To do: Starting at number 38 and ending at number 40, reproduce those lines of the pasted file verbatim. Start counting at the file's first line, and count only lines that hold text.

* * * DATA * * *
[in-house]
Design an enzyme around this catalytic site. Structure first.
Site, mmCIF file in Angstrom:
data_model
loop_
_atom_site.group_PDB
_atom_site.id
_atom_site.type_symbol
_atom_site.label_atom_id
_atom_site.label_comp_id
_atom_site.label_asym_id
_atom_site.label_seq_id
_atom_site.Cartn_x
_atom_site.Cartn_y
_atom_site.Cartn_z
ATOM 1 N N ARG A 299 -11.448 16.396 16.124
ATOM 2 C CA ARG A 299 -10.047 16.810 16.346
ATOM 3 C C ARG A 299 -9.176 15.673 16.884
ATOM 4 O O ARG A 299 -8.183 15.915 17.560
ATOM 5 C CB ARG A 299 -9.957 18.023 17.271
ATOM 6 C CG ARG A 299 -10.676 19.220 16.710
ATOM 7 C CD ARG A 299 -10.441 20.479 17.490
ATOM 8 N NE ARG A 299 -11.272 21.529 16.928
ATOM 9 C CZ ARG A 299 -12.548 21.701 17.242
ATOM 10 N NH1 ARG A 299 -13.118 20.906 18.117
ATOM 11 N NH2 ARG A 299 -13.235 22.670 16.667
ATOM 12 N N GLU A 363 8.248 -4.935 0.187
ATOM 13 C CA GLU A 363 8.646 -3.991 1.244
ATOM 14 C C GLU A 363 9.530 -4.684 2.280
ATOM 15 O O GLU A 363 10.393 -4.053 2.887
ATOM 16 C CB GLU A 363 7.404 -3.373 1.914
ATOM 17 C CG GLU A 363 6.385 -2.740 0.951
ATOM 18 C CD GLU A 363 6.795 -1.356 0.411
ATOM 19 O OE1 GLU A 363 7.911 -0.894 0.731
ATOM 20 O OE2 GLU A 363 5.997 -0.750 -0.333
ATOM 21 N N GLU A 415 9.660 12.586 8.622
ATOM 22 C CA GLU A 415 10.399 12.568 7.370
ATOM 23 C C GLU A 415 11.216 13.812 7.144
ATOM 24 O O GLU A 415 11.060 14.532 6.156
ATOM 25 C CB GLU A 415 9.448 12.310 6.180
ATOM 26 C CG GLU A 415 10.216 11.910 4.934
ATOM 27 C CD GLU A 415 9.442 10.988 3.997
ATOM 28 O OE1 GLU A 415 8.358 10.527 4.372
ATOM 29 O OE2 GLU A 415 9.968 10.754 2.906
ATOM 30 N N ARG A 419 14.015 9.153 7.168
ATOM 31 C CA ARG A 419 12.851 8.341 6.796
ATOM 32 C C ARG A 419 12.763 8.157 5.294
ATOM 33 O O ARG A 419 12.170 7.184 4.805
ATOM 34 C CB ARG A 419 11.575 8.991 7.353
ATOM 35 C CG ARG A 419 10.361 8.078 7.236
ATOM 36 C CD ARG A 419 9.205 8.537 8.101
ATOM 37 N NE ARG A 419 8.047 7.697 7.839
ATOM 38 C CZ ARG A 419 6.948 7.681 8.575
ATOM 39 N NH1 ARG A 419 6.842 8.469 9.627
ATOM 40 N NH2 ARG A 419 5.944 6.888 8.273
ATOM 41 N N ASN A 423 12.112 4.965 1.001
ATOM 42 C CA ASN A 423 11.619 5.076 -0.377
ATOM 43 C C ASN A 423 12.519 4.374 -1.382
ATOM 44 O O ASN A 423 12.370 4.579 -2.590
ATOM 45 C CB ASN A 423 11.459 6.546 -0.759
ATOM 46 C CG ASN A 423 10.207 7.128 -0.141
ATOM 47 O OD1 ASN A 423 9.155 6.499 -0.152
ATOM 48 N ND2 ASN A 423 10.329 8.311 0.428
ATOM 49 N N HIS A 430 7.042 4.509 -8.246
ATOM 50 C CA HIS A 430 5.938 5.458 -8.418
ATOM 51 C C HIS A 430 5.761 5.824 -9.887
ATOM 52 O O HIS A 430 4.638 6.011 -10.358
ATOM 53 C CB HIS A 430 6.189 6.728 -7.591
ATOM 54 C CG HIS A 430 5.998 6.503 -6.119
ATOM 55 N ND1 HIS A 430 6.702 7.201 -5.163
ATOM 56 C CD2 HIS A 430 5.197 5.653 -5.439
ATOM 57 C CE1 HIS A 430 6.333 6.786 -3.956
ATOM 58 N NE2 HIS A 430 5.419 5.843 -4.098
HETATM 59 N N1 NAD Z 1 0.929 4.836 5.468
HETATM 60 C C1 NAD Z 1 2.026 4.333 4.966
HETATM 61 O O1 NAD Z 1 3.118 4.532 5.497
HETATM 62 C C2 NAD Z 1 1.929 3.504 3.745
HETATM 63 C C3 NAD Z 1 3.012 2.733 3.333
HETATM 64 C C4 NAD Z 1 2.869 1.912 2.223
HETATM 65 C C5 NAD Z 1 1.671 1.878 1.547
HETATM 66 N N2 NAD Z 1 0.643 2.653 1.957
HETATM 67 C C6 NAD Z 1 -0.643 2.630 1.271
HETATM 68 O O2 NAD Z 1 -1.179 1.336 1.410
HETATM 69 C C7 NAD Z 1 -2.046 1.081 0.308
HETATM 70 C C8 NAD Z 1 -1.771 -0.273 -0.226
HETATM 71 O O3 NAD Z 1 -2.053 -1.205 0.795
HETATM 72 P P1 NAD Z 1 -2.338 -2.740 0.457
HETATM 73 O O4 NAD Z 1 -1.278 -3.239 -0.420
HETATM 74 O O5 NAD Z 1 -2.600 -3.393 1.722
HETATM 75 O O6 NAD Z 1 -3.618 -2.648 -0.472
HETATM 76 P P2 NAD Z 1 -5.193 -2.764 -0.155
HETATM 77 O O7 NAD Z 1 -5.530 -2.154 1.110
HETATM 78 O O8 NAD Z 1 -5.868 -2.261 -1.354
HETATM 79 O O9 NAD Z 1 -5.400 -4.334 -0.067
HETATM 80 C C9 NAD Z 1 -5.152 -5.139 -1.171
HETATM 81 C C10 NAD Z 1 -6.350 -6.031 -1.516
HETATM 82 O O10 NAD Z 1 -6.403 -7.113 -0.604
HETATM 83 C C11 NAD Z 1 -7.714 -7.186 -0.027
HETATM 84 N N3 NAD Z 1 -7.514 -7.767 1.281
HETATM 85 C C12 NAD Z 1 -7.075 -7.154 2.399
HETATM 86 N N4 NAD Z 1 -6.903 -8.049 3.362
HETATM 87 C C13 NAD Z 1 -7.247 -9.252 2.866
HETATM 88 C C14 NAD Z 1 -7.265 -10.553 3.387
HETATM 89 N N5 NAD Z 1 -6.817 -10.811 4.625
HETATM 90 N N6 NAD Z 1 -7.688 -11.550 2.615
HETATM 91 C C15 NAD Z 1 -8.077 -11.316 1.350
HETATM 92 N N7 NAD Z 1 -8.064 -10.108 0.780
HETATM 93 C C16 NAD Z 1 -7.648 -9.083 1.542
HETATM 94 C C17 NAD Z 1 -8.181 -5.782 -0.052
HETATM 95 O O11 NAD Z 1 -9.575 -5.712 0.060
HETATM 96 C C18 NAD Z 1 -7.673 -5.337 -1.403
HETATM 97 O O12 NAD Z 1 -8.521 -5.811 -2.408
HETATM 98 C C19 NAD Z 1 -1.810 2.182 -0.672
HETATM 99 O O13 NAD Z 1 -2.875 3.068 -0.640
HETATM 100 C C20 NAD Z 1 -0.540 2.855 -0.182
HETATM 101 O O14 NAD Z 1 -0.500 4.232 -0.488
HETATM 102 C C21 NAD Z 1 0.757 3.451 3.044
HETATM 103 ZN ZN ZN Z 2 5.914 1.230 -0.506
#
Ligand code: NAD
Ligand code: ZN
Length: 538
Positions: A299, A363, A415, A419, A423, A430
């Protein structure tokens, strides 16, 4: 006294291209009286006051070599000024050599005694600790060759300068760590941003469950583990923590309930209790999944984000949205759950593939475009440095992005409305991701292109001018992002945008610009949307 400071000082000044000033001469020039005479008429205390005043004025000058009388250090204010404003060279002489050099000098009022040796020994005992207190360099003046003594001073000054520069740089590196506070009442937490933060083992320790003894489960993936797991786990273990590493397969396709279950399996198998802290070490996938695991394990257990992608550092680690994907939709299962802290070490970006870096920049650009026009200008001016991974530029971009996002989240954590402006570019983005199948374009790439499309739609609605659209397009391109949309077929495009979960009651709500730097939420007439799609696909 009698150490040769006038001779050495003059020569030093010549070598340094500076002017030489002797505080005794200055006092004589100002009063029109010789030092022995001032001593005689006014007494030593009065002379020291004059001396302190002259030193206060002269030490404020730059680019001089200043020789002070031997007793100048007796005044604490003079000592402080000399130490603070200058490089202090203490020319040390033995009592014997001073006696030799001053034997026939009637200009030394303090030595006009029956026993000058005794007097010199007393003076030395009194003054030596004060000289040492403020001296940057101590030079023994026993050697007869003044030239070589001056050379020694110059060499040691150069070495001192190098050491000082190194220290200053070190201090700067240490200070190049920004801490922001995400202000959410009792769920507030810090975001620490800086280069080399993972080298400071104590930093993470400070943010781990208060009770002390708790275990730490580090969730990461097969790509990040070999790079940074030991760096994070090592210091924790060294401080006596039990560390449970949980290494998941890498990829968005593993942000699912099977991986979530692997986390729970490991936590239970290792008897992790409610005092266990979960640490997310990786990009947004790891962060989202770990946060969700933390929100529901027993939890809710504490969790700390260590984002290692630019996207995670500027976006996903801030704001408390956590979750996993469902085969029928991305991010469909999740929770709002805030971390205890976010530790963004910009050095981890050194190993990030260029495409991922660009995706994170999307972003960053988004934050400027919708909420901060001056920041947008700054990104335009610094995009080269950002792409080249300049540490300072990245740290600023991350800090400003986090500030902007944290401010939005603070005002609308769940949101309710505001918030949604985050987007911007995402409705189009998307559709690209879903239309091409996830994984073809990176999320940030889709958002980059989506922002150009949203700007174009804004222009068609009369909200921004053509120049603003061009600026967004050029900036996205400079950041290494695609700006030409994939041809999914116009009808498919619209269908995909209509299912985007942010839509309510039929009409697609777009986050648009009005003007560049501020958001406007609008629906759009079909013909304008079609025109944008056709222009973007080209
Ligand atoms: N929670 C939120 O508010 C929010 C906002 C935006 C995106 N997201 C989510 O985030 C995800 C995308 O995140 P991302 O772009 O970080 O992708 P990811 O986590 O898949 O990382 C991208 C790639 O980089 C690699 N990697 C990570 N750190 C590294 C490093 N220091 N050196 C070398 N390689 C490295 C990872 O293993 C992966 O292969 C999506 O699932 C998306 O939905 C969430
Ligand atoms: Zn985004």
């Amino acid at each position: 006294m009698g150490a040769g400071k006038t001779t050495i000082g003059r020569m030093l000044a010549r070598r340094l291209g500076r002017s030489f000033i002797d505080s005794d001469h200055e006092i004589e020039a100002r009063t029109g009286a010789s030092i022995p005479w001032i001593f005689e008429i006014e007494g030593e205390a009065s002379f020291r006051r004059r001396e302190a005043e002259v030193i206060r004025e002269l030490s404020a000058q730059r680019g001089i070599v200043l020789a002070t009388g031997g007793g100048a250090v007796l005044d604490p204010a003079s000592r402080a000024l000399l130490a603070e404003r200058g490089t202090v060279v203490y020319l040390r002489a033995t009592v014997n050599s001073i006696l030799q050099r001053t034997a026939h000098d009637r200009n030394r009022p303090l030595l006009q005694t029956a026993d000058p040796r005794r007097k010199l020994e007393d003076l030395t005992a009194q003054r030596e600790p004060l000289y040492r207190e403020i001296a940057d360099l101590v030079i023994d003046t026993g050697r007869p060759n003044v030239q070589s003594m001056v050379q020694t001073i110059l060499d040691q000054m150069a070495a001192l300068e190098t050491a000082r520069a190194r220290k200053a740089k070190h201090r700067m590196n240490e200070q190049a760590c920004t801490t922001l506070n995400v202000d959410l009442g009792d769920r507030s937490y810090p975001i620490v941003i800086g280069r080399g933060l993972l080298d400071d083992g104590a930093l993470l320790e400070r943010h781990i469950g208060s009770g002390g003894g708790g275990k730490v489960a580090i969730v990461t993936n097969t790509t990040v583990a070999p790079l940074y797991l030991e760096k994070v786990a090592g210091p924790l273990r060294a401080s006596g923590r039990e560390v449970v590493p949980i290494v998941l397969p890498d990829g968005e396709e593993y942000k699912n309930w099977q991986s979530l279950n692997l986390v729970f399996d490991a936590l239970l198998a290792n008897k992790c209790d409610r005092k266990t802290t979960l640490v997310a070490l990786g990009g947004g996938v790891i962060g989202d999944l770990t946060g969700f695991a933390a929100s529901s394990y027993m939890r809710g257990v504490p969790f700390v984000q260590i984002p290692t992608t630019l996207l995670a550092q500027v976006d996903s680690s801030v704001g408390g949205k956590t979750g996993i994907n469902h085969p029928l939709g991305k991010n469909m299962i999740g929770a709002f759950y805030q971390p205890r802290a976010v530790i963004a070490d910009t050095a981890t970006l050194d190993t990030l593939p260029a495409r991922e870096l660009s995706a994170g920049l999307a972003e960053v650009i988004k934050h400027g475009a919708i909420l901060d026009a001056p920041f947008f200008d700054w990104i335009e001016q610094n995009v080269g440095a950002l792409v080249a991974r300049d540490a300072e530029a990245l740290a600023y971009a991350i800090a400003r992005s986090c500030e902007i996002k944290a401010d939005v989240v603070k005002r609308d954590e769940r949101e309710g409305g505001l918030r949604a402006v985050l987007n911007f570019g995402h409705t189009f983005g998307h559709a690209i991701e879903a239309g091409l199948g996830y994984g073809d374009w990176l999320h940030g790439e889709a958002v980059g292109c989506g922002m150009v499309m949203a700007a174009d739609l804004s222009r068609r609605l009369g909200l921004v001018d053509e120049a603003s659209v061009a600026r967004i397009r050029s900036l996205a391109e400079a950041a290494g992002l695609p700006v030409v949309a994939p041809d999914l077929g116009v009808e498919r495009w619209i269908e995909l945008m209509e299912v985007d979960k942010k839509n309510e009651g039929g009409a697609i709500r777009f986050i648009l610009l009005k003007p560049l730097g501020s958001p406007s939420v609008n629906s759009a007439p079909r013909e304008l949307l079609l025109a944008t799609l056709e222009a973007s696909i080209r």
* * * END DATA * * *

ATOM 23 C C GLU A 415 11.216 13.812 7.144
ATOM 24 O O GLU A 415 11.060 14.532 6.156
ATOM 25 C CB GLU A 415 9.448 12.310 6.180